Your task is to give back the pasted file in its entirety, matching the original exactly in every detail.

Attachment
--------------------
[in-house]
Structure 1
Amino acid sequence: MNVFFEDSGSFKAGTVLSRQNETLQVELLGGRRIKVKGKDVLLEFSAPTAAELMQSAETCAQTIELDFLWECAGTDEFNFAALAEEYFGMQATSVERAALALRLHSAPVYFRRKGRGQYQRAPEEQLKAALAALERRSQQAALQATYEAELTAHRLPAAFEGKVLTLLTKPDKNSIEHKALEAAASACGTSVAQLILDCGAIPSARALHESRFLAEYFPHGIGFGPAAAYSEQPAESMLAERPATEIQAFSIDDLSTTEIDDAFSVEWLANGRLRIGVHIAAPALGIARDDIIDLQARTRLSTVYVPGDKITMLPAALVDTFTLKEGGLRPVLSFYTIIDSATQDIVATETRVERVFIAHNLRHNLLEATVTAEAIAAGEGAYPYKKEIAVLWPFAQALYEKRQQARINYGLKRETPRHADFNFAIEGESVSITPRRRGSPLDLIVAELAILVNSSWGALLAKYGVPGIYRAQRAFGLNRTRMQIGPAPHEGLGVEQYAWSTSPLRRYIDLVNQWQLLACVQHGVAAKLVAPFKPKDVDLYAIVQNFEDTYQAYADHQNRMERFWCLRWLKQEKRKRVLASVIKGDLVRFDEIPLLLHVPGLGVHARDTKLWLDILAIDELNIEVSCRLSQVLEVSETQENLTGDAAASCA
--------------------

[in-house]
Structure 1
Amino acid sequence: MNVFFEDSGSFKAGTVLSRQNETLQVELLGGRRIKVKGKDVLLEFSAPTAAELMQSAETCAQTIELDFLWECAGTDEFNFAALAEEYFGMQATSVERAALALRLHSAPVYFRRKGRGQYQRAPEEQLKAALAALERRSQQAALQATYEAELTAHRLPAAFEGKVLTLLTKPDKNSIEHKALEAAASACGTSVAQLILDCGAIPSARALHESRFLAEYFPHGIGFGPAAAYSEQPAESMLAERPATEIQAFSIDDLSTTEIDDAFSVEWLANGRLRIGVHIAAPALGIARDDIIDLQARTRLSTVYVPGDKITMLPAALVDTFTLKEGGLRPVLSFYTIIDSATQDIVATETRVERVFIAHNLRHNLLEATVTAEAIAAGEGAYPYKKEIAVLWPFAQALYEKRQQARINYGLKRETPRHADFNFAIEGESVSITPRRRGSPLDLIVAELAILVNSSWGALLAKYGVPGIYRAQRAFGLNRTRMQIGPAPHEGLGVEQYAWSTSPLRRYIDLVNQWQLLACVQHGVAAKLVAPFKPKDVDLYAIVQNFEDTYQAYADHQNRMERFWCLRWLKQEKRKRVLASVIKGDLVRFDEIPLLLHVPGLGVHARDTKLWLDILAIDELNIEVSCRLSQVLEVSETQENLTGDAAASCA